Radioligand Receptor Binding Services

Receptor Binding Studies


RenaSci offers a variety of in vitro and ex vivo radioligand receptor binding assays for screening and characterising project compounds. These assays provide important information regarding the pharmacological profile of novel drugs at target receptors and uptake sites and binding sites associated with adverse side-effects such as sedation and drug abuse liability.

Our receptor binding services include off the shelf assays for well-characterised neurotransmitter receptors and uptake sites using commercially available [3H] radioligands. Examples are given below. We can also measure [3H]monoamine uptake into rat/mouse synaptosomes.


Table of Receptor Binding and uptake Uptake Assays


If your requirements are not on this list please enquire as we can easily set-up established binding assays for any other central receptor using commercially-available radioligands.

We also have considerable experience of novel assay development using custom-synthesised radioligands and can advise on the type of ligand to be labelled, the specific activity required for the binding assay and compounds that could be used to define non-specific binding. We would need a cell line expressing the target receptor or it would need to be expressed in a brain region in sufficiently high levels to enable assay development.

Experimental options :-

In vitro screening

•     Membrane preparations from cell lines or rat or mouse brain tissue

•     Displacements/inhibition constants (Kis)

•     Saturation studies to determine receptor affinity (Kd) and receptor density (Bmax)

Ex vivo receptor binding assays

•     Rats or mice (including genetically-modified animals)

•     Drugs given acutely or chronically by a variety of routes eg  po, ip, sc

•     Termination normally at time of peak effect

•     Optional blood/CSF or tissue sampling for PK

•     Tissue homogenates or brain slices (autoradiography)

•     Results expressed as mean specific binding and as a % of the control group (100%).

•     Parameters
          -   ED50 (dose of drug producing 50% displacement of the radioligand)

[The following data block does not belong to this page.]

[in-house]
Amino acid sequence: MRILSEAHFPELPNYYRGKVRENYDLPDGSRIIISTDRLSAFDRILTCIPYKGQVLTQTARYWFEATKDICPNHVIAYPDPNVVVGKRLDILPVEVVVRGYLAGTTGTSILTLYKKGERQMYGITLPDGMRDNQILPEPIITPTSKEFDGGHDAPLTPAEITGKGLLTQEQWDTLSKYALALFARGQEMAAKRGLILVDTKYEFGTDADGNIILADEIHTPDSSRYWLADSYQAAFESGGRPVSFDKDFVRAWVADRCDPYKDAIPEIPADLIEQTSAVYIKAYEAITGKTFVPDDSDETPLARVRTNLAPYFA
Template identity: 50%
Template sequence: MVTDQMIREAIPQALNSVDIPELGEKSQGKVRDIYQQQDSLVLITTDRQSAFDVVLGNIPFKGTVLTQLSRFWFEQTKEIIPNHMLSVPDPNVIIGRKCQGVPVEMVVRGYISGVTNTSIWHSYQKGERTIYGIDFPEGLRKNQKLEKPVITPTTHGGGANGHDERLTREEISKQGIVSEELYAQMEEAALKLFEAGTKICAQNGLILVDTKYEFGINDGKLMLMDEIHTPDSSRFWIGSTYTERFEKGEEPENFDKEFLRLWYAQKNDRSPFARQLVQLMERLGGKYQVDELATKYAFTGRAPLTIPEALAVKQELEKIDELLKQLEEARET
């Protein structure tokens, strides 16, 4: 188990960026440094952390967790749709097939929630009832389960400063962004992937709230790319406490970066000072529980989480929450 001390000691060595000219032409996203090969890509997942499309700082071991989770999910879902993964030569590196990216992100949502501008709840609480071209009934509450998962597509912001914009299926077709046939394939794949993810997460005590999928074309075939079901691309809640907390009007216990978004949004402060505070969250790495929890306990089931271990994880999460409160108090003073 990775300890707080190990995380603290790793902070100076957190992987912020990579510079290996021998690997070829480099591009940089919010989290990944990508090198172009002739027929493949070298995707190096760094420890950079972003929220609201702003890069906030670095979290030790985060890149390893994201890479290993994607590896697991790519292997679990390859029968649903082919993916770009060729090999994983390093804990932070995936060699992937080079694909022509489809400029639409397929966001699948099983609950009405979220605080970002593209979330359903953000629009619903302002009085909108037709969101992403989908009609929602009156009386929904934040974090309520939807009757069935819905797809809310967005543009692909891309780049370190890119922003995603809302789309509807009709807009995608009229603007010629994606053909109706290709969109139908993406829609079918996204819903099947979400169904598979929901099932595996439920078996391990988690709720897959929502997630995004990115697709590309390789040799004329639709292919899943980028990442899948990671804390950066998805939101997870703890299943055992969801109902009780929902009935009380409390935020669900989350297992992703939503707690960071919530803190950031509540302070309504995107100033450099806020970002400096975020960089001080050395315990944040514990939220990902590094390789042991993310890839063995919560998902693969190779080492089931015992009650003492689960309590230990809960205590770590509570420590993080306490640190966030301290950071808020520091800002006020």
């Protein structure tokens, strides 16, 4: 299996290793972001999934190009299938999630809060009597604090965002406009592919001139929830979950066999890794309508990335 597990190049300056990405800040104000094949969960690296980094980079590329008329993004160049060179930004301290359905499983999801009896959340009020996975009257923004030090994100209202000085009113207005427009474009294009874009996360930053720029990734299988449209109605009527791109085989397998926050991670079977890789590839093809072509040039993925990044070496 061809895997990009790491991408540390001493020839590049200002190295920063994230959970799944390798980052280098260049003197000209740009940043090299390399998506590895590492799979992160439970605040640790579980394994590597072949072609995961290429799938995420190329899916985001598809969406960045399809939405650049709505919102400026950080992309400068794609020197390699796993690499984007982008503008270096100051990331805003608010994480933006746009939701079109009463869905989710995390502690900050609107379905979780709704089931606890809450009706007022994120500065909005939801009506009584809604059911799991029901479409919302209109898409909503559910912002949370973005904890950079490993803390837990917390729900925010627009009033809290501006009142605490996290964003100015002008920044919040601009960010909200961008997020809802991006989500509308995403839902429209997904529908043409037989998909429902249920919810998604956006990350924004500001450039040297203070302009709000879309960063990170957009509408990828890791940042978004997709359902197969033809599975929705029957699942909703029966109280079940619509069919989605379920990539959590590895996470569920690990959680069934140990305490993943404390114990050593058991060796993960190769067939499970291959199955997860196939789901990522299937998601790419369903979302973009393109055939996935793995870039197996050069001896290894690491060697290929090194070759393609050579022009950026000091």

-   Time course of receptor occupancy
          -   Receptor occupancy in different brain regions in the same animal
          -   Receptor occupancy at a range of molecular targets in the same animal


Ex vivo binding can be used to correlate central receptor occupancy with appropriate pharmacodynamic readouts to predict the mechanisms underlying observed in vivo responses and can be performed as an optional extra at the end of a study. We can also perform ex vivo binding on brain tissue from external studies.


High speed quantitative autoradiography

We employ Biospace BetaIMAGER™ systems to offer high speed quantitative autoradiography

Autoradiography Data


Key features of the Biospace BetaIMAGER™ technology are :-


•     Rapid measurement of specific binding in mouse or rat brain

•     Detection of tritium levels as low as 0.007 cpm/mm2

•     50 μM spatial resolution for accurate, reproducible results

•     Digital real-time imaging to optimise exposure time


We can perform complete ex vivo autoradiography studies using [3H], [125I] or other beta-emitting radioligands (please enquire). We also offer a read-only autoradiography service on clients own slides.




Please contact us for further information about our in vitro and ex vivo receptor binding services.




Babbs et al. 2006 PSN S1 & PSN S2 are novel 5-HT1A agonists and norepinephrine reuptake inhibitors which show anti-feeding efficacy and superior cardiovascular safety to sibutramine in rats. Program No 62.3. Society for Neuroscience Meeting, Atlanta, Georgia, USA, 14th-18th October 2006.


Bennett et al. 2014 Pharmacology of mavoglurant, a metabotropic glutamate receptor 5 negative allosteric modulator. PB013. 5th British Pharmacological Society Focused Meeting on Cell Signalling, Leicester, UK, 28th-29th April 2014.


Cheetham et al. 2005. Ex vivo occupancy as a technique to assess drug actions at multiple targets. Program No. 447.6. Society for Neuroscience Meeting, Washington, DC, USA, 12th-16th November 2005.


Cheetham et al. 2008. Effect of the MCH1 antagonist, GW803430, on body weight, food and water intake, glucose tolerance, fat pad weight, ex vivo binding and various plasma parameters in dietary-induced obese C57BL/6J mice. Program No. 584.24. Society for Neuroscience Meeting, Washington, DC, USA, 15th-19th November 2008.


Cheetham et al. 2018. Validation of ex vivo receptor occupancy at mu and kappa opioid receptors in rat brain using morphine, buprenorphine and (-)-pentazocine. P105. Pharmacology 2018, Annual Meeting of the British Pharmacological Society, London, UK, 18th-20th December 2018.


Heal et al. 2014. Binge-eating behaviour in rats induces changes in dopamine and opioid receptor binding in the brain. Poster Number M12. 53rd Annual Meeting of the American College of Neuropsychopharmacology (ACNP), Phoenix, Arizona, USA, 7th-11th December 2014.


Henderson et al. 2011. Identification of the 5-HT6 antagonist AMR-SIX-1 for the treatment of obesity. Keystone Symposium, Obesity, Keystone, Colorado, USA, 12th-17th January 2011.


Viggers et al. 2008. Development and validation of a radioligand receptor binding assay for MCH1 receptors using [3H]AMR-MCH-1 in vitro and ex vivo. Program No. 584.27. Society for Neuroscience Meeting, Washington, DC, USA, 15th-19th November 2008.



Heal et al. 2017. Dopamine and μ-opioid receptor dysregulation in the brains of binge-eating female rats - possible relevance in the psychopathology and treatment of binge-eating disorder. J Psychopharmacol 31(6): 770-783. doi: 10.1177/0269881117699607. [Epub 2017 Apr 5] [PubMed]

Watson et al. 2009. Receptor occupancy and brain free fraction. Drug Metab Dispos 37: 753-760. [PubMed]